An artist’s solvent should:
- Evaporate completely
- Evaporate at a uniform rate
- Have no effect on dried paint layers
- Be chemically inert to the materials with which it is used (i.e. have no chemical reaction)
- Mix completely with the materials with which it is used
- Have no toxic vapors
- Evaporate entirely from the dried paint film within a reasonable amount of time
Many solvents on the market satisfy some of these requirements. Gamsol meets all of these requirements when used as recommended.
Gamblin Gamsol odorless mineral spirits balance both performance and safety like no other artist’s solvent on the market.
Recommended uses for Gamsol
Thinning oil colors
Gamsol beautifully thins oil colors. A little goes a long way; oil colors relax immediately when a little Gamsol is added. Since Gamsol evaporates completely, no sticky residue is left behind that could compromise the drying or strength of paint layers.
Modifying painting mediums
Gamblin Galkyd painting mediums are formulated with Gamsol, so they readily accept Gamsol as a solvent. Gamsol should not be added to traditional painting mediums containing dammar, copal, mastic resins; they require strong solvents such as turpentine. Adding Gamsol to oil painting mediums is an effective means of modifying the oil (“fat”) content of these materials to allow artists to explore indirect/glazing techniques.
Gamsol is great for general studio clean-up of brushes, palettes, palette knives and other tools. As a brush cleaner, it effectively removes oil colors from brushes to allow for clean mixing and application of color. Using Gamsol for brush-cleaning during and after the painting session eliminates the risk of slow or non-drying oil from interfering with paint layers.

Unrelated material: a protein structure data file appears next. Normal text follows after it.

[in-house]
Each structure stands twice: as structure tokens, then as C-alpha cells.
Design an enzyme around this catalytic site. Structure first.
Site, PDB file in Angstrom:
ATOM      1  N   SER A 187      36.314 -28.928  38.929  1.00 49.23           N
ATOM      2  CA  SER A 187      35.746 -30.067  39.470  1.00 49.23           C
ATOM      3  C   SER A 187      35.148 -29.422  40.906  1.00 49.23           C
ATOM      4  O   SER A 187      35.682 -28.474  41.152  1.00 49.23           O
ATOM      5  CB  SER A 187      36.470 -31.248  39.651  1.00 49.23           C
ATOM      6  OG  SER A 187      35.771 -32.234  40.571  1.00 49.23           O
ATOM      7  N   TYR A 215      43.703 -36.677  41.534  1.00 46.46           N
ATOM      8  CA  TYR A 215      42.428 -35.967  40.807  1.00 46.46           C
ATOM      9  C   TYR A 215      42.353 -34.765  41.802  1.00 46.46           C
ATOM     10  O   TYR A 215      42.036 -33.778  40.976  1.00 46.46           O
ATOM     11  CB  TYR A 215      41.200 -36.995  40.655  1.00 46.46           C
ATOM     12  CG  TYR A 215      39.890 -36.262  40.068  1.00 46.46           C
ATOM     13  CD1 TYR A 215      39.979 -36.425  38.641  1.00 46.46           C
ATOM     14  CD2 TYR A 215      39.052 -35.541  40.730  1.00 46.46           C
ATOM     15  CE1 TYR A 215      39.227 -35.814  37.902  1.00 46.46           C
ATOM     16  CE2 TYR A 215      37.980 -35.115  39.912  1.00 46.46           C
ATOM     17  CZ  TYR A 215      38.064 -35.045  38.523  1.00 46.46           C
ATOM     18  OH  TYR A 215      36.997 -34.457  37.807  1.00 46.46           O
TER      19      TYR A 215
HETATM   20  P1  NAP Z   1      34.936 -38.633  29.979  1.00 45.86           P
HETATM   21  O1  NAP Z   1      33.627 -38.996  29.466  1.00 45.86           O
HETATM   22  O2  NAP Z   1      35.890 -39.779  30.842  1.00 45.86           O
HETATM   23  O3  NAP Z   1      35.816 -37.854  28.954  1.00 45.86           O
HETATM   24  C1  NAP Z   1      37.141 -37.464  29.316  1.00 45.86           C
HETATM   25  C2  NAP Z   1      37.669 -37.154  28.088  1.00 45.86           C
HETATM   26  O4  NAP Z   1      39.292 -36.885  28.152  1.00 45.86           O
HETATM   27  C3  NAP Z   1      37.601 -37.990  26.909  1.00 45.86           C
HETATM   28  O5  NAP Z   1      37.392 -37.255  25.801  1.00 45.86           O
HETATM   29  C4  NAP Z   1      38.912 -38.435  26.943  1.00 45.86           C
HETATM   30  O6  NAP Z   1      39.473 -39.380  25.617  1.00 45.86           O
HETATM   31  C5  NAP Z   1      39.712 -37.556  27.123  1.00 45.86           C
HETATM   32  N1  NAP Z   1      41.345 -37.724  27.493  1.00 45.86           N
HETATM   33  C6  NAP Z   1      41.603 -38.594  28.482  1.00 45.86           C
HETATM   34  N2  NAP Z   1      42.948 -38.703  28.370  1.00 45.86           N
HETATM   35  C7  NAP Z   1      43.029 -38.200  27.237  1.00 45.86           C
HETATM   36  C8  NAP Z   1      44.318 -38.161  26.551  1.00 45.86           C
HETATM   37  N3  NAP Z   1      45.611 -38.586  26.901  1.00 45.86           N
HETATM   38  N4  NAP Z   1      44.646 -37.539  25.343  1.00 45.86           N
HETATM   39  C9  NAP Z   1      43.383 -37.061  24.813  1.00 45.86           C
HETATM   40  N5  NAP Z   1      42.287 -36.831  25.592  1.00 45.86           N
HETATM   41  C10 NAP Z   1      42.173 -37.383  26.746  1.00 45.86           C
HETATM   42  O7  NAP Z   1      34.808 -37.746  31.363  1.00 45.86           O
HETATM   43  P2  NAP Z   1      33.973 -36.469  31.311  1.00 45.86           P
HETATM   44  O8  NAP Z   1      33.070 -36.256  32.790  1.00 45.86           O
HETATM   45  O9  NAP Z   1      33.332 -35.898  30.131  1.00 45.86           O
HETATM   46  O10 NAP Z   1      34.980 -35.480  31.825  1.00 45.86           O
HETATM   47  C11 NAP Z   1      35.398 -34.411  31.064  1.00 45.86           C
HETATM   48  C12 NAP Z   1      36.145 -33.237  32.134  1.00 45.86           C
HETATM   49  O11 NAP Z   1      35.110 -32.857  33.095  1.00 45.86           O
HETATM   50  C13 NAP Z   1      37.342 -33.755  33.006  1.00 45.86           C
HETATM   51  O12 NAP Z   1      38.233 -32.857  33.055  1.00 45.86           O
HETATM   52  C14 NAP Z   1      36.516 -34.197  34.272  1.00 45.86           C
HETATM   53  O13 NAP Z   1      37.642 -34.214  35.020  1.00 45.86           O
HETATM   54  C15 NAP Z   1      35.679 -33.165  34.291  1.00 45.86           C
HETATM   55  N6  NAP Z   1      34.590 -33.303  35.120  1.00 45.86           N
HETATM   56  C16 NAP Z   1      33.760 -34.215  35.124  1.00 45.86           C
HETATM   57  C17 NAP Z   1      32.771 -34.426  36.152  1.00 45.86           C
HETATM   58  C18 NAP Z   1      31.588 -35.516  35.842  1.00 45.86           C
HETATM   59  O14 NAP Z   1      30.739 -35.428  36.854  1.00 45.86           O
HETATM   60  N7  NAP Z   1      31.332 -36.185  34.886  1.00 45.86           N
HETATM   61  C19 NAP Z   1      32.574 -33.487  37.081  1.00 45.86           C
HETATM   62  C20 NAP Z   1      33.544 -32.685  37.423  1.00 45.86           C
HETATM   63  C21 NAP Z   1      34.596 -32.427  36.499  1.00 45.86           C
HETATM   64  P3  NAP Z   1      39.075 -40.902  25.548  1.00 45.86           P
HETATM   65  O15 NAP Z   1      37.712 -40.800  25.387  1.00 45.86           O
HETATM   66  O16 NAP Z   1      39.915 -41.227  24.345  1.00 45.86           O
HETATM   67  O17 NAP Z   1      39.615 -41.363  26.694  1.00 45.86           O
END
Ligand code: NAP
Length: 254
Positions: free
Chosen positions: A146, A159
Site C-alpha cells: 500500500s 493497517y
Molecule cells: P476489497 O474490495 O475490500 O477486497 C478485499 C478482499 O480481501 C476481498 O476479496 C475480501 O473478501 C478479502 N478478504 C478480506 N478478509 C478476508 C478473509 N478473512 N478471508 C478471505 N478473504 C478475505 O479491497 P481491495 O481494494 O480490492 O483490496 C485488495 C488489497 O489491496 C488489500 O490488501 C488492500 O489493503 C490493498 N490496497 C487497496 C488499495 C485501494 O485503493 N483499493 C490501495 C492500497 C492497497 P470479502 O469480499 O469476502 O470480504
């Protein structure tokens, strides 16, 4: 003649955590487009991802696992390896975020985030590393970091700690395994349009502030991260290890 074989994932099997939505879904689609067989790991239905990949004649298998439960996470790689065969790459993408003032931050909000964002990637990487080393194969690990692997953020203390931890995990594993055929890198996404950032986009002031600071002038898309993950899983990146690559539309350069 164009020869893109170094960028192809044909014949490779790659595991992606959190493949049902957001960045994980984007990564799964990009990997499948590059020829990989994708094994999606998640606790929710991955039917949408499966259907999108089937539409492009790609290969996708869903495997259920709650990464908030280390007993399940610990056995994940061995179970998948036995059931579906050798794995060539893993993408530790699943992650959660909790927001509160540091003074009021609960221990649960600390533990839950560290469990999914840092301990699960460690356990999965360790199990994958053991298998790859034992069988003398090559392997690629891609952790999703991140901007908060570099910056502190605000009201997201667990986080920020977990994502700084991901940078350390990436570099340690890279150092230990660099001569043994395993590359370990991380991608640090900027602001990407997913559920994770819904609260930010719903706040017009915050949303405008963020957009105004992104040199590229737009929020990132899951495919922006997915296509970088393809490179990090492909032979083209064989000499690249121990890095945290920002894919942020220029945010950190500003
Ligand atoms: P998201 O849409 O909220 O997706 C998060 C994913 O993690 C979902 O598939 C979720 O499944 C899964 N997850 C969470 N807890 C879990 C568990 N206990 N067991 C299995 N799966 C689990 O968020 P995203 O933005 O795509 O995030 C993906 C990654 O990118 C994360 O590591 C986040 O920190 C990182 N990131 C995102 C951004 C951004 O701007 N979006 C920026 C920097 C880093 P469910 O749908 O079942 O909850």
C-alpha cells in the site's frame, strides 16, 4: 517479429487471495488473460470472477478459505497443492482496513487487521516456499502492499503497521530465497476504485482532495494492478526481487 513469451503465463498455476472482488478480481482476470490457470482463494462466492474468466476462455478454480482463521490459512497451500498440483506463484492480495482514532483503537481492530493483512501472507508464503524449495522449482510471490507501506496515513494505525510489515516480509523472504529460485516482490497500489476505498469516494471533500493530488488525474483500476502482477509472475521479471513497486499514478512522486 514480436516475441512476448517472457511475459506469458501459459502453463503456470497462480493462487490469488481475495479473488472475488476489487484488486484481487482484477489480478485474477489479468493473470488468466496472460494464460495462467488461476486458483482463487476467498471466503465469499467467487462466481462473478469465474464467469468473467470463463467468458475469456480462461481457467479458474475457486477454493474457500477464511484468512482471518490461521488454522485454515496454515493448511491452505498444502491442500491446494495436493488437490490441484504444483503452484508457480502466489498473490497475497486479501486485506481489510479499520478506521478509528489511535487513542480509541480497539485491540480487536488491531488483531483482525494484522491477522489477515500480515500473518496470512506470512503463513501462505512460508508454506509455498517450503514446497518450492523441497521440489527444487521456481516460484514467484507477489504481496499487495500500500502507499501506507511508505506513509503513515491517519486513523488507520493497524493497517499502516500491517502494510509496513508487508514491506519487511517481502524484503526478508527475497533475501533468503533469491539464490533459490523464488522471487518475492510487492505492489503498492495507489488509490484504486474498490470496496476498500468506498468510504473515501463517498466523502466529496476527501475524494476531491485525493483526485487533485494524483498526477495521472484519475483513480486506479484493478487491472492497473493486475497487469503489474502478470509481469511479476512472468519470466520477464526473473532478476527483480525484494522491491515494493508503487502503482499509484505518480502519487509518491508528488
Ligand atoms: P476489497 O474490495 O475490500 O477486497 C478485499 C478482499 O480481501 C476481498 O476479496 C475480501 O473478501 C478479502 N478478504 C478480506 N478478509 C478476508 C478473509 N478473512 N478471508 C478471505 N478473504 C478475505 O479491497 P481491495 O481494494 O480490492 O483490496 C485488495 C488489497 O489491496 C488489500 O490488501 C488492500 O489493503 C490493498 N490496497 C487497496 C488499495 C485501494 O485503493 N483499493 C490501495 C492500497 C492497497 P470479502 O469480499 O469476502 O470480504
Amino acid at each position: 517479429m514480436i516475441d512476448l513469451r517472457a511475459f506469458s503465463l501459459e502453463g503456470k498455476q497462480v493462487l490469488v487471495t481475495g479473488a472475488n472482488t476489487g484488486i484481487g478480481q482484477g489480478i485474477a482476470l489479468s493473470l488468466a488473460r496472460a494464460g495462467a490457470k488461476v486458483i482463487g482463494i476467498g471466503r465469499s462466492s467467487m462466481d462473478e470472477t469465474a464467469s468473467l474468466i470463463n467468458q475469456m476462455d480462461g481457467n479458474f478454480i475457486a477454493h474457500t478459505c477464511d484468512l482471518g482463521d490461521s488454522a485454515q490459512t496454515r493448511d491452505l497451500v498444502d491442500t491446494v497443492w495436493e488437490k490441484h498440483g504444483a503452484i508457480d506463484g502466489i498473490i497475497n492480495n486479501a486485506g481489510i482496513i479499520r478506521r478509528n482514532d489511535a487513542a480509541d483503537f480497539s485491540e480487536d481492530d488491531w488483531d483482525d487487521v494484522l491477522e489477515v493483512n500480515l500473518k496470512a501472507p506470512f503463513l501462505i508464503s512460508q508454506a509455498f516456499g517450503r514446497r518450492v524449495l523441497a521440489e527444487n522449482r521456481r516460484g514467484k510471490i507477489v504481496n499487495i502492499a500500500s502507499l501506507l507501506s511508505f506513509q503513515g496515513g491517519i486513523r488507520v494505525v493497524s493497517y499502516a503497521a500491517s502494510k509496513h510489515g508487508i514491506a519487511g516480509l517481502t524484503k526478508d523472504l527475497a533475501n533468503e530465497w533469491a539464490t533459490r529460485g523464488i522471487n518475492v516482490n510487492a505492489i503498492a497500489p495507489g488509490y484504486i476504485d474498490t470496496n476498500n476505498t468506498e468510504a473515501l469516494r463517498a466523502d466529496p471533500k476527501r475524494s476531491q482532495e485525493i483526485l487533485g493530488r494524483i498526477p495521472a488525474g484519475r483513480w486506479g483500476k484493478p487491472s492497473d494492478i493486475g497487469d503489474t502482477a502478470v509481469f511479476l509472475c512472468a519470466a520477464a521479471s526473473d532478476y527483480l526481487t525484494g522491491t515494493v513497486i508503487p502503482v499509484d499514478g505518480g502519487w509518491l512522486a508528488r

For painters who wish to paint in oils without the use of any solvents, we recommend Gamblin Solvent-Free Gel or Solvent-Free Fluid painting mediums. Both mediums will increase the flow of oil colors and moderately speed drying. Solvent-Free Gel retains marks and texture more readily than our Solvent-Free Fluid medium. Adding small amounts of either Safflower Oil or Refined Linseed Oil will increase the flow of oil colors, but will slow drying.
For brush clean-up during your painting session, first, wipe excess paint from brushes with a rag. Then dip your brush in a container of Gamblin Safflower Oil. Next, wipe the safflower oil and any remaining pigment from your brush with a rag and continue painting. After your painting session, brushes can be further cleaned using Gamsol and/or soap and water.
Please note that oil-soaked rags should be – at a minimum – properly stored in an Oily Rag Safety Can (such as those offered by JustRite) until they can be thrown out. Even better, soak rags in water, and place them in an old jar or similar container and dispose of them outside in your household trashcan or apartment building dumpster.
To ensure proper drying of paint layers, Solvent-Free painting mediums and drying oils should be used in moderation with oil colors. No more than 25% by volume. To avoid wrinkling, apply mixtures of Solvent-Free materials and oil colors thinly. Using large amounts of any oil or a solvent-free medium can cause wrinkling (too fat), increase yellowing and/or excessively slow drying.
For underpainting, we recommend adding Gamsol to Solvent-Free painting mediums. For glazing techniques, we recommend our contemporary Galkyd family of painting mediums.
Use of “Green” Solvents and Cleaners in Oil Painting
With extra care and effort, artists can make almost any type of soap or cleaner work for studio clean-up. Some products consume a lot of water, some are much harder on brushes than others and some leave sticky residues behind. But most all do a decent job.